$ 6350

Less June 30 inventory

  

$ 2550

Cost of goods sold

  

$ 3800

 

This method does not reflect the actual physical movement of goods in businesses. The argument that supports LIFO is that when goods are sold in a business, they are replaced with new goods. These new goods have usually higher purchase prices. The LIFO method shows the cost of goods sold at the price level when goods were sold.

What is the impact on Inventory Decisions?

During a period of increasing prices, the LIFO method produces a lower gross margin than the FIFO method. The opposite occurs when there is a period of declining prices; in that case the FIFO method produces a lower gross margin.

Each of the four methods is acceptable for use in published financial statements. However, the company has to choose which method it will use. A basic problem in determining the best inventory measure for a particular company is that inventory affects both the balance sheet and the income statement. LIFO is best suited for the income statement because it matches revenues and cost of goods sold. FIFO is best suited to the balance sheet because the ending inventory is closest to current values.

When there is a period of rising prices, a company that uses LIFO may find that its inventory is valued at a cost far below what it currently pays for the same items. When inventory at the end of the year is less than at the beginning of the year, the company has to pay higher income taxes. This is called LIFO liquidation; the units sold exceed units purchased for the period.

What are the inventory cost under the Perpetual Inventory System?

Under the perpetual system, cost of goods sold is accumulated as sales are made and cost are transferred from the Inventory account to the Cost of Goods Sold account. Assume that the data in the table below represents the movement of inventory in a company:

June

1

Inventory

80

units @

$ 10.00

 

6

Purchase

220

units @

$ 12.50

 

10

Sale

280

units

 
 

25

Purchase

200

units @

$ 14.00

 

30

Inventory

220

units @

 

Under the perpetual system, the average is computed after each purchase:

June

1

Inventory

80

units @

$ 10.00

$ 800

 

6

Purchase

220

units @

$ 12.50

$ 2750

 

6

Balance

300

units @

$ 11.83

$ 3550*

 

10

Sale

280

units @

-$ 11.83

-$ 3313

 

10

Balance

20

units @

$ 11.83

$ 237

 

25

Purchase

200

units @

$ 14.00

$ 2800*

 

30

Inventory

220

units

$ 13.80

$ 3037

Cost of goods sold

 

$ 3313

* new average computed

  • Under the FIFO method, instead of calculating an average after each purchase, the price of the first purchase price is used when a sale occurs.

  • Under the LIFO method, the last purchase price is used when a sale occurs.

How can the inventory be valued by estimation?

Sometimes it is necessary that the value of ending inventory is estimated. Two methods are commonly used for this purpose:

  • Retail method: This method is used in retail merchandising. It uses the ratio of cost to retail price. It is common practice to take the physical inventory at retail. At retail means the amount of the inventory at the marked selling prices of the inventory items. The value of goods available for sale at cost is divided by the value of goods available for sale at retail (this gives the ratio of cost to retail price). The ending inventory at retail is determined by subtracting the net sales during the period from the goods available for sale at retail. This amount is multiplied by the ratio. This gives the estimated cost of ending inventory.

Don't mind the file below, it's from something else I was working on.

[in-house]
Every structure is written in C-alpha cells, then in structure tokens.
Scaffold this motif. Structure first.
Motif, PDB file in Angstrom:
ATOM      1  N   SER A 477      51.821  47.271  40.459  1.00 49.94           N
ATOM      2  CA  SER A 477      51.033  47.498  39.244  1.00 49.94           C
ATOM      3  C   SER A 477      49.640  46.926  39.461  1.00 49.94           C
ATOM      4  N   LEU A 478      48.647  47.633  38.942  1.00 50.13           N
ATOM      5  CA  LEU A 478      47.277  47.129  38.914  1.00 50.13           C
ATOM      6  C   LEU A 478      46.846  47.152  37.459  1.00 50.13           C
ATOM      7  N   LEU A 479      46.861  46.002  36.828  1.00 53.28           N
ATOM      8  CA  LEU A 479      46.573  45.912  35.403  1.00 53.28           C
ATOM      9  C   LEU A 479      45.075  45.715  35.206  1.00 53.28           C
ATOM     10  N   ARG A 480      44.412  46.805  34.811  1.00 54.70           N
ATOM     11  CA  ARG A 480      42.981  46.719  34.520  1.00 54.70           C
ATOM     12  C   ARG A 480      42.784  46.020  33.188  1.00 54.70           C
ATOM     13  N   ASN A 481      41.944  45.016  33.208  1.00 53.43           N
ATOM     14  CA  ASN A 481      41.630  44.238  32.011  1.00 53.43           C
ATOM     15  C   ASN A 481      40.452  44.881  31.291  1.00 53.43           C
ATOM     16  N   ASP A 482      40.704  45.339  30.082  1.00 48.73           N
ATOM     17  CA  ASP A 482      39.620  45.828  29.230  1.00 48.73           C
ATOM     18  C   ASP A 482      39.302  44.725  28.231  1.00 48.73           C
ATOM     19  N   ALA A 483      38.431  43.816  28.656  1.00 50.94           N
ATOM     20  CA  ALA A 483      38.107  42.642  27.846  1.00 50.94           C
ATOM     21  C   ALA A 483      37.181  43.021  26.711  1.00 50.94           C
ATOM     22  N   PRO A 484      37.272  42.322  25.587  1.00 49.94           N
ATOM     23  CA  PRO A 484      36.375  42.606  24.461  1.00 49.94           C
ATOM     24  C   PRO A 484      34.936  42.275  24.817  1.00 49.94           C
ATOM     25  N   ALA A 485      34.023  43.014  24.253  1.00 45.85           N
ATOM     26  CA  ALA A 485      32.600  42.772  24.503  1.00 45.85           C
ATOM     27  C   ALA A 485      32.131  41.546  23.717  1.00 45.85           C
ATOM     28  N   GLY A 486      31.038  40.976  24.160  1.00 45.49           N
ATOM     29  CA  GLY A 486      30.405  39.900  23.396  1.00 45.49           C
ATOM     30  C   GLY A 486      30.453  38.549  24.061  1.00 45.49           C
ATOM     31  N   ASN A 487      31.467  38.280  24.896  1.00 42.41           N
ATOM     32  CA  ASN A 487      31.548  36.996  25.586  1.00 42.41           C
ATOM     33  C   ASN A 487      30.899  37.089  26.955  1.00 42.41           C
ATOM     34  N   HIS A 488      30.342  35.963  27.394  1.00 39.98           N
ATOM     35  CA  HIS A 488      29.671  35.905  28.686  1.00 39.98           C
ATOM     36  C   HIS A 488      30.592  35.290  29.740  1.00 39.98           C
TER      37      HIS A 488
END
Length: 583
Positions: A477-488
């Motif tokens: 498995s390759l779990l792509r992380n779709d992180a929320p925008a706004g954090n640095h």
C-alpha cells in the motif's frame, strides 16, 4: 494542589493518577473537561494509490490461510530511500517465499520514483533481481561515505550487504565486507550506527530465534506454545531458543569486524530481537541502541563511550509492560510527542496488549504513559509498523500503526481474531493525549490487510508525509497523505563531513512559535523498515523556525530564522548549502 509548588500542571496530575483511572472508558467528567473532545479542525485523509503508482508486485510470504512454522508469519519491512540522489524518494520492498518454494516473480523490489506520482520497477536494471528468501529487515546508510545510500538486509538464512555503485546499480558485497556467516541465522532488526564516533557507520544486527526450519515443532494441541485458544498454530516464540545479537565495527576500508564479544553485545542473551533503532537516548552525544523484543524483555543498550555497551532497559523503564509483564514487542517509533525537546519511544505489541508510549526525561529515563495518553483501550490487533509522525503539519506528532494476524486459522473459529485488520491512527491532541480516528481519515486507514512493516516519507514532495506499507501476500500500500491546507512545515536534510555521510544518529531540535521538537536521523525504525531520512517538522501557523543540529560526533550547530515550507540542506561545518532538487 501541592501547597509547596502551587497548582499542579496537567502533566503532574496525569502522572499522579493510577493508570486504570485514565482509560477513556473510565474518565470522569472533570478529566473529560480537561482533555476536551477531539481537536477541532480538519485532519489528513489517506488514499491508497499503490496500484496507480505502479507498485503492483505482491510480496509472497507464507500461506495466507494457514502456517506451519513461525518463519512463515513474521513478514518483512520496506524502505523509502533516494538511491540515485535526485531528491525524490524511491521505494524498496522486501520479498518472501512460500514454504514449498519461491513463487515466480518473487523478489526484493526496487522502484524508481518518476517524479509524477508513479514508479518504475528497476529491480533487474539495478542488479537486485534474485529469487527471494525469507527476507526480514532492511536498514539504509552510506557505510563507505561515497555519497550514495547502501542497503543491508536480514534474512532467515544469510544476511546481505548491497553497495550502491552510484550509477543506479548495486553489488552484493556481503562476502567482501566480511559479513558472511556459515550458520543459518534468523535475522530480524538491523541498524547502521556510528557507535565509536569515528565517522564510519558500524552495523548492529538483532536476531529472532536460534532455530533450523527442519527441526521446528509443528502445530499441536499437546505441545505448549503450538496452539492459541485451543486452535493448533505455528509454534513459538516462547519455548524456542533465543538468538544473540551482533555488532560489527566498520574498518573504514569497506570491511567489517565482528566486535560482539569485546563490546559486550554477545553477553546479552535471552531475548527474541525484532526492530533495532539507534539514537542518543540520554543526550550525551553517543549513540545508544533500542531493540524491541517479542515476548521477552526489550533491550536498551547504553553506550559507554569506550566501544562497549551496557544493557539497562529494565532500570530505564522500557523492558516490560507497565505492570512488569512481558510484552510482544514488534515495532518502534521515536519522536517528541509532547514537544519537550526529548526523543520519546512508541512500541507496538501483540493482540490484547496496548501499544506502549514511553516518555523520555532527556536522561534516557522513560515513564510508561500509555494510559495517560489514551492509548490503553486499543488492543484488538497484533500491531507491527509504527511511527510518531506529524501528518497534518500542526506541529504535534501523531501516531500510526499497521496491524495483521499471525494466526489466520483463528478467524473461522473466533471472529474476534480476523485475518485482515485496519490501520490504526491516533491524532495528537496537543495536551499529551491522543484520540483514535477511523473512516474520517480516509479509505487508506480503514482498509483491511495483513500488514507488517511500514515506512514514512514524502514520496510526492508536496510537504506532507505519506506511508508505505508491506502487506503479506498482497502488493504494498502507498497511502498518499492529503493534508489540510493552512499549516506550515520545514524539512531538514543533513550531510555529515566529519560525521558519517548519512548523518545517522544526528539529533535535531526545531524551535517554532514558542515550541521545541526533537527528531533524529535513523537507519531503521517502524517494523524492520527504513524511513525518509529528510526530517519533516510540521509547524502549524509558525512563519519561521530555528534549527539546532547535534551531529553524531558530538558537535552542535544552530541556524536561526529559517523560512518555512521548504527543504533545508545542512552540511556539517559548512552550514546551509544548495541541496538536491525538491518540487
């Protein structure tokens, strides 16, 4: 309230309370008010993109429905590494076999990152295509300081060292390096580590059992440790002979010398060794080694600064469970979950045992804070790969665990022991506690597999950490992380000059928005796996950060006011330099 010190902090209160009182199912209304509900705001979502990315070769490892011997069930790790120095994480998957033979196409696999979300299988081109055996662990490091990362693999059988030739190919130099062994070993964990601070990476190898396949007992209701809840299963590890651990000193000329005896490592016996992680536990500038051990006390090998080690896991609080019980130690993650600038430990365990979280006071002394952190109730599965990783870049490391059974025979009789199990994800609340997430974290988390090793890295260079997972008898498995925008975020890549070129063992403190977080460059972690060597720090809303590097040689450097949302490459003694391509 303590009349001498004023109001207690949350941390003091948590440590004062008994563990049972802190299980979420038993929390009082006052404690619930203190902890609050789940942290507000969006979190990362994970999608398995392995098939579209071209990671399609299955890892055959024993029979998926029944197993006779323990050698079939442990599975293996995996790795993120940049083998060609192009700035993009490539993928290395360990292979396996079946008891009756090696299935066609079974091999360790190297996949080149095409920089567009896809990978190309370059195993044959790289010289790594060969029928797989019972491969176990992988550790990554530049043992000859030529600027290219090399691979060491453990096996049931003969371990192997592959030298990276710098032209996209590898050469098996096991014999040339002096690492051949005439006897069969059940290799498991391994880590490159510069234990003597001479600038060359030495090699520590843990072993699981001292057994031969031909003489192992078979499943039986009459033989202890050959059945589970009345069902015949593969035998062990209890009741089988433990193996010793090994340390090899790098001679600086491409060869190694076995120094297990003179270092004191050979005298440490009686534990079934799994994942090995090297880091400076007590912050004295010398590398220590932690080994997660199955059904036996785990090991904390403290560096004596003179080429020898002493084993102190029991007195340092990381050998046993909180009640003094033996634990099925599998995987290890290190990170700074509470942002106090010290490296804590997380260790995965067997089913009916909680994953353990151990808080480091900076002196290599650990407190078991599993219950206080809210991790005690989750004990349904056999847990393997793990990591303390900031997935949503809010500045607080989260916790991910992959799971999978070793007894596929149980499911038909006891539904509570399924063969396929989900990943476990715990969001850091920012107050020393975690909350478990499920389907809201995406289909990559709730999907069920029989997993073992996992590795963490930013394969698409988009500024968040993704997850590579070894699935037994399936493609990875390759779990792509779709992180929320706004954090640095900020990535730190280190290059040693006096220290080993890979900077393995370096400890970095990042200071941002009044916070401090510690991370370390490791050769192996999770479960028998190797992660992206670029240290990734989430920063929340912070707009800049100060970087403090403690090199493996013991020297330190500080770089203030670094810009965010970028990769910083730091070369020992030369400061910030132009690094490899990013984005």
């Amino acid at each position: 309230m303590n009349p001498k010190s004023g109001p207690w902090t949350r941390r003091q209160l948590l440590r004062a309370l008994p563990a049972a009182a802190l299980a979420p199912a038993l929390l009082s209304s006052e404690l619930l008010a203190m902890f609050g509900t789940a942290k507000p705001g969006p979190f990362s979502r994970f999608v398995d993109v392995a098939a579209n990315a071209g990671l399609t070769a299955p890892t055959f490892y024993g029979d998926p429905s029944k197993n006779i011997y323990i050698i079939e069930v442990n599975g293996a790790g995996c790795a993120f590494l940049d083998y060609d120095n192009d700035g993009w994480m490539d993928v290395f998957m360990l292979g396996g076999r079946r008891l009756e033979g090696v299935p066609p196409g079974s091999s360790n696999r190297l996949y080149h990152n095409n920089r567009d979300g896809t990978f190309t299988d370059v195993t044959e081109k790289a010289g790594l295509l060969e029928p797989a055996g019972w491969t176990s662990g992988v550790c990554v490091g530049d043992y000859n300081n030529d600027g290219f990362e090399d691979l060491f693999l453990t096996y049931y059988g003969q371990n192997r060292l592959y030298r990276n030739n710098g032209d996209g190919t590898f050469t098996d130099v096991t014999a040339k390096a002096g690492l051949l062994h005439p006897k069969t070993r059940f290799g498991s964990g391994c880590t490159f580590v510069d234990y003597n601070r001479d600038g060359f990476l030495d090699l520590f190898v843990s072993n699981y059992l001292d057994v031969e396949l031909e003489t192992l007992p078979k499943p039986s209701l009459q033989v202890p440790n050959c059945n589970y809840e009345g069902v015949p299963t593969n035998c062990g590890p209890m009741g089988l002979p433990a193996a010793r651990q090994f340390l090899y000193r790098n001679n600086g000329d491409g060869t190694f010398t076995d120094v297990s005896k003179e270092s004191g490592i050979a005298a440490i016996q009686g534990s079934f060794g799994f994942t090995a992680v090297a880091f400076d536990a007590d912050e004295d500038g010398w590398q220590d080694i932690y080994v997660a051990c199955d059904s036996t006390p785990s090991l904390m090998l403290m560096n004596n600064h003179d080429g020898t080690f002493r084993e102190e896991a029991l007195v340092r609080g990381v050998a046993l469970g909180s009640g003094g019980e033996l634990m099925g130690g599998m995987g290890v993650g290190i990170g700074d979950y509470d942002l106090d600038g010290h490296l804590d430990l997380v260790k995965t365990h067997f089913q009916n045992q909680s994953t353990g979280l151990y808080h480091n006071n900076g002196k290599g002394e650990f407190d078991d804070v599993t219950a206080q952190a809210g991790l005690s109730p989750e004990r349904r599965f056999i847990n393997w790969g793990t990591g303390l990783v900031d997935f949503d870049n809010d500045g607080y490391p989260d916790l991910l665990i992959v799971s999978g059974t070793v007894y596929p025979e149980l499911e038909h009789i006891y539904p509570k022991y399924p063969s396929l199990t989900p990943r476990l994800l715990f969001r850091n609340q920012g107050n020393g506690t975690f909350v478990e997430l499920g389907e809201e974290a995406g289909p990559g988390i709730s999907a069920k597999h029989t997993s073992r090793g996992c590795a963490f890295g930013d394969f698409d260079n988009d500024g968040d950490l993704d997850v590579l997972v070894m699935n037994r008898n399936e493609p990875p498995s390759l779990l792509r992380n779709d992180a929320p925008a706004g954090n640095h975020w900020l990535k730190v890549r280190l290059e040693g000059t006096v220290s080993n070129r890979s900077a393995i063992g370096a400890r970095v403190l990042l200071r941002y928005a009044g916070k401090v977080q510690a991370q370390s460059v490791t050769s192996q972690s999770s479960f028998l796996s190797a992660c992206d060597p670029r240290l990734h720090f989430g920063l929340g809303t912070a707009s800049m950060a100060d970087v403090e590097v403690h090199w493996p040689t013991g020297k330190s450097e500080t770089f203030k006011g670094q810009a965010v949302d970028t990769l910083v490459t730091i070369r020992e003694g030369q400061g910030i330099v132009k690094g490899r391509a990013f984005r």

• Gross profit method: This method assumes that the ratio of gross margin remains stable from year to year. The cost of goods available for sale should be established in the usual way. The cost of goods sold should be calculated by deducting the estimated gross margin of 30 percent from sales. Finally, one must deduct the estimated cost of goods sold from the goods available for sale to get the estimated cost of ending inventory.

What do cash and receivables include? - Chapter 7

What are the management issues related to cash and receivables?

The management of cash and receivables is critical to maintaining adequate liquidity. In dealing with cash and receivables, management must address five key issues:

1. Managing cash needs

Management must consider the need for short-term investing and borrowing during seasonal cycles. On the balance sheet cash usually consists of currency and coins on hands, checks and money orders from customers and deposits in checking and savings accounts. It is possible that the cash includes a compensating balance. This is a minimum amount that a bank requires a company to keep in its bank account.

2. Setting credit policies that balance the need for sales with the ability to collect

The accounts receivable and notes receivable accounts are short-term financial assets. These two assets are the result of extending credit to individual customers or other companies. Accounts receivable arise from credit sales and this kind of credit is often called trade credit.

3. Evaluating the level of accounts receivable

There are two common measures that are often used to measure the effect of a companies credit policies. These two are receivable turnover and average days’ sales uncollected. Receivable turnover is the relative size of accounts receivable and the success of its credit and collection policies. It should be calculated in the following way:

Receivable turnover = Net sales / Average net accounts receivable

The average days' sales uncollected is how long it takes to collect accounts receivable. It should be calculated in the following way: